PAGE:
At the 2013 National Astronomy Meeting in St Andrews, I presented a review of the UHRA the University of Hertfordshire Research Archive including the plans to preserve data in very long term cloud storage managed by Arkivum. I also described the recent discovery of photographs depicting the development of the Bayfordbury observatory, and how these and the observational data will be released for reuse via the UHRA. The audience was a mere 10 people, half interested in the history of astronomy, and the other, invited speakers from museums; the Science Museum in London and National Museums Scotland, and from Jodrell Bank, where they are petitioning for Heritage Site status.
The aim of the session was to discuss the strategy that the Royal Astronomical Society (RAS) should take with respect to preserving astronomy heritage for the future, but focused on historical artefacts from the 1900s and what should be kept and how for the next 100 years. It was enlightening that the issues that surround objects such as telescopes, computers, instruments, and software, are similar to those that we are used to with digital data.
Storage for the vast number of objects is an issue with warehouses filling up and only 7-10% of objects being exhibited. Storage is expensive, objects have to be catalogued, looked after, and access to objects is difficult due to the over cramming of storage spaces. This could describe both digital data and historical objects; the issue of what should be saved, what can be saved, and where it should be kept is challenging.
The museums operate reactively, saving what they can when items are donated from private collections, families, and universities, or can be purchased from auctions. However, without documentation, the item may not be identifiable, repairable, or recognised as historically important. A grey box could be anything or nothing without evidence; who owned it, what was it used to do, or as basic as what is it and when was it made? This is metadata that puts the item in context without which the object could be destroyed; this is also the case for digital data.
While these issues of storage and metadata are important in astronomy heritage, retention is the major concern. The audience recoiled at the prospect of retaining data for only 10 years as this is nothing compared to the 100-year timescale that they consider. A hundred years. The idea that digital data would still be useful in 100 years is incredible. It is understandable that photos, interviews, and videos, of people, places, and events would have value to future historians, but would astronomical observations also be useful?
We know that stars are born and die, that objects move, and this temporal information is crucial to science, but how could these data be preserved in a useful format?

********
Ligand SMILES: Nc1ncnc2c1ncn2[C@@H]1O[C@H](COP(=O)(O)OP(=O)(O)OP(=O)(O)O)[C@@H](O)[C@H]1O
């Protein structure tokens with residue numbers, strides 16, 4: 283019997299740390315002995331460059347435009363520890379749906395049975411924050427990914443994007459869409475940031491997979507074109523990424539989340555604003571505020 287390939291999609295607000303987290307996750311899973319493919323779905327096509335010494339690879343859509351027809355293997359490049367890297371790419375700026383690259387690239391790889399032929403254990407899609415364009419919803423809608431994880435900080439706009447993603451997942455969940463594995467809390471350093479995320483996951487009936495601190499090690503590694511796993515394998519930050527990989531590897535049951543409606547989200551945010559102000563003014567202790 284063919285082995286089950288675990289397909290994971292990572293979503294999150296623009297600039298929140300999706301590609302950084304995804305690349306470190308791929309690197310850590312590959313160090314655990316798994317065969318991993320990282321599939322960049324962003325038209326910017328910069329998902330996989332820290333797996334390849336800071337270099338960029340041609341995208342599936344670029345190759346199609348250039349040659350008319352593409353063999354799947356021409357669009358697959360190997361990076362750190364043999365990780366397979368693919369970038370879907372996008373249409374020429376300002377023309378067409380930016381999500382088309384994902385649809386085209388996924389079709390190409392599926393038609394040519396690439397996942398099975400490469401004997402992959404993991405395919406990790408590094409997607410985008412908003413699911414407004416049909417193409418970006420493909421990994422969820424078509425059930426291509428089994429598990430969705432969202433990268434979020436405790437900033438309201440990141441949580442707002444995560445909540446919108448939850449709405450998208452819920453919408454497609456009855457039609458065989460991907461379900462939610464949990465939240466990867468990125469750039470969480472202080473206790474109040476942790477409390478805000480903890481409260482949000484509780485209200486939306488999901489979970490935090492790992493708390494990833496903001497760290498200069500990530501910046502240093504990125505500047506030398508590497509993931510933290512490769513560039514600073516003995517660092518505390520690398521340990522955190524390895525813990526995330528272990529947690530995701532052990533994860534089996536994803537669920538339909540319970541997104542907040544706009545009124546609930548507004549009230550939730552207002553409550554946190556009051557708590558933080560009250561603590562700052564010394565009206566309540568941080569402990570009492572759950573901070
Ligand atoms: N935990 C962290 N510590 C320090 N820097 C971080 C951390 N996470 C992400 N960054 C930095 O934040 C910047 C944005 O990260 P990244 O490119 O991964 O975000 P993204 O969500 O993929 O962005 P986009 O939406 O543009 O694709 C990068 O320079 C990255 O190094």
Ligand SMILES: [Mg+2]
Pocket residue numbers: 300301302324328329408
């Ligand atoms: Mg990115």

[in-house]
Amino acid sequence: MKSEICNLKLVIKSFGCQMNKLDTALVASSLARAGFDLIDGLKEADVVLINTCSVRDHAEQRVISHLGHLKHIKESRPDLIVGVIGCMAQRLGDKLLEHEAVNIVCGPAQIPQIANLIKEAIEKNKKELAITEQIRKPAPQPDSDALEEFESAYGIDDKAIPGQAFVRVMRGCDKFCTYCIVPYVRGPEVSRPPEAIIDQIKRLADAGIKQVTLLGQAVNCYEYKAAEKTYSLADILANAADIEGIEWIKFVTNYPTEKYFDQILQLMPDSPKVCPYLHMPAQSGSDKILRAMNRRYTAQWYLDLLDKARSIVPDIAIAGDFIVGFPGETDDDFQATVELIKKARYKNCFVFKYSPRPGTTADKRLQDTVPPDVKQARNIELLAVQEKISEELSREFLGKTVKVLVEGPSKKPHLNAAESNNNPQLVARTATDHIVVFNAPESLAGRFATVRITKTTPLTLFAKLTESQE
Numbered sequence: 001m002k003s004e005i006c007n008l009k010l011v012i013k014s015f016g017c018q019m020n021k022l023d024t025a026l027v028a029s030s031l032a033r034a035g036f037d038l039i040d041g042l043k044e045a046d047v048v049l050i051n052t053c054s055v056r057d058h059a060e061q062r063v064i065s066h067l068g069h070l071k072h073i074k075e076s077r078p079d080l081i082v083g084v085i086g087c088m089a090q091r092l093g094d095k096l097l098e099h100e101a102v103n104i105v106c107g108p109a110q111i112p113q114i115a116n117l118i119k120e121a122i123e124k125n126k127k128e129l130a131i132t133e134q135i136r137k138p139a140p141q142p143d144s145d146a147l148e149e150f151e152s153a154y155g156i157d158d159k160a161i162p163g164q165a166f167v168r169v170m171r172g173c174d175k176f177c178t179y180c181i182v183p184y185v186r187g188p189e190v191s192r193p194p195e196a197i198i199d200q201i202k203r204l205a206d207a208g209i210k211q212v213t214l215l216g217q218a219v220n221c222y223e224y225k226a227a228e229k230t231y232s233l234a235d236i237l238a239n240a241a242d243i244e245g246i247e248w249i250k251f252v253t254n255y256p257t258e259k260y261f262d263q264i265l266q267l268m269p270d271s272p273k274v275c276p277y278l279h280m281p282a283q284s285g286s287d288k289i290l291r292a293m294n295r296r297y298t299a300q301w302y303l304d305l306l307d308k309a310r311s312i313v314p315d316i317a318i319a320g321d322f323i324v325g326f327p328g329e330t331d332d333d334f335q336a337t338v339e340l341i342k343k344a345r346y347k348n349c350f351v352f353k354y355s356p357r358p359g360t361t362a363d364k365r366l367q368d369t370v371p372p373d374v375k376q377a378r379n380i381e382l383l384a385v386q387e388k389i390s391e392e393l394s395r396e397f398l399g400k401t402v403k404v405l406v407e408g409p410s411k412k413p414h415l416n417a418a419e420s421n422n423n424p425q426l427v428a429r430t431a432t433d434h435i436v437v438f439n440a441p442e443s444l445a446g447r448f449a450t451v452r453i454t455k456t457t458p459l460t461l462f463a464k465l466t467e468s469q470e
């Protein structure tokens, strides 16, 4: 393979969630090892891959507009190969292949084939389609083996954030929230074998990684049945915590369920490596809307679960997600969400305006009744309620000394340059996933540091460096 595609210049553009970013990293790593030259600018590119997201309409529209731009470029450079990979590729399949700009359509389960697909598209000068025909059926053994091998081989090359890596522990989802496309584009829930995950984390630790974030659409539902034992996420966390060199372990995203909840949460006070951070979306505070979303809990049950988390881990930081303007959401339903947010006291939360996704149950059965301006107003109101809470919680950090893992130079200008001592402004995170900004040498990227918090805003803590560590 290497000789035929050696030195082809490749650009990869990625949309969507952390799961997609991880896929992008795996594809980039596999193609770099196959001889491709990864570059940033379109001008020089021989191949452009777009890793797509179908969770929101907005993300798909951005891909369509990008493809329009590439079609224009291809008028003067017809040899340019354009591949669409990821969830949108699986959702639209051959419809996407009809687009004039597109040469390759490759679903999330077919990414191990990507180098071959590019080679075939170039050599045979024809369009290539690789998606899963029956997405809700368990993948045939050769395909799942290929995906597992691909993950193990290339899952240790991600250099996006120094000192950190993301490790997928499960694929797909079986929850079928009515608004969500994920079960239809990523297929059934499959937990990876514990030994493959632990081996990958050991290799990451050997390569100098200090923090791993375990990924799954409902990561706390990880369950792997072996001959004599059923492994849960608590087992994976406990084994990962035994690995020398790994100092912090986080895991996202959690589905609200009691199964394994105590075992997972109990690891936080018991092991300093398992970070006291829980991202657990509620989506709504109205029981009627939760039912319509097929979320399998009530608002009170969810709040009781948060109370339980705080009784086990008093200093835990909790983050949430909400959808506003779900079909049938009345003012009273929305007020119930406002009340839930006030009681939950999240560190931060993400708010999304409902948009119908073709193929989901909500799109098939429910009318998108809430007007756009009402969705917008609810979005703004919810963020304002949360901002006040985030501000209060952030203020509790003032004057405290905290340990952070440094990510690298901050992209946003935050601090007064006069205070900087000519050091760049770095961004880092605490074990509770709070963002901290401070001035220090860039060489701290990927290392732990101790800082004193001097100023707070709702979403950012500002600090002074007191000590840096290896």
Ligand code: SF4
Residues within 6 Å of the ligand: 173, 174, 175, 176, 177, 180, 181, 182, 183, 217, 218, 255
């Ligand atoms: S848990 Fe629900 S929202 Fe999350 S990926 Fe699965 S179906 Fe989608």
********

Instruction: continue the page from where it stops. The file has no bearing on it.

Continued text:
Just 50 years ago, images from optical telescopes were recorded on glass plates. These images show fine details of nebulae and galaxies, but cannot be used for modern scientific work as they contain no data on intensities, wavelengths, or spectra. Newer electronic data from 30 years ago when the Very Large Array (VLA) in New Mexico, was commissioned, is still accessible and can be processed using radio image processing software called AIPS. Recently, the array has been upgraded, the software is now being maintained by users, and in another 10 years these data may not be processible. It begs the question, if there are new images, should the old data be kept? Also, should we continue to keep only the unprocessed ‘raw’ data?
To continue to make these data useful, we also need to keep the software, process instructions, and ensure that current operating systems can run the software – is this reasonable and cost effective for 100 years? Perhaps if there are many data that would need the software etc., then it would be worthwhile, but maybe it would be more beneficial to keep the data in a processed form. The question then is who processes it? How should these data be done? Some calibration methods are quite subjective. With historical objects, the amount of information that should be kept is equally difficult; is it sufficient to keep the documentation and photos and discard the item itself?
The group described some objects as ‘Rich’, where there is obvious importance behind an object – this maybe something that is worth consideration. The racket that Andy Murray won Wimbledon with this weekend would be a good example of a Rich object, but with digital data, the PI who requested the observation will think their data is far more important than everyone else’s. In this respect we have a far more complicated choice to make for the future of digital data in Astronomy.
It was also interesting that many museums and university’s with lots of historical instruments keep catalogues of these objects. These catalogues are not currently open access, and while you can ask if something is in the catalogue, you can’t search for an object or compare it with other sites. It is a comfort that institutional repositories are making their data catalogues open access as comparisons are a vital part of research. There was discussion about making a national list that would pull together the catalogues – the fact that so many museums and institutes have catalogues has shown there’s a demand for a national list and this is likely to happen in data repositories, once subjects show that there is a demand for these national data catalogues.
In conclusion, the results of the strategic plan produced by the RAS should provide some guidance for preservation selection criteria and retention periods. I for one have learnt that those brassy, old-looking bits of equipment in our lab are worth keeping and I’m going to get a sticker put on them to contact the science museum if they’re at risk of being discarded.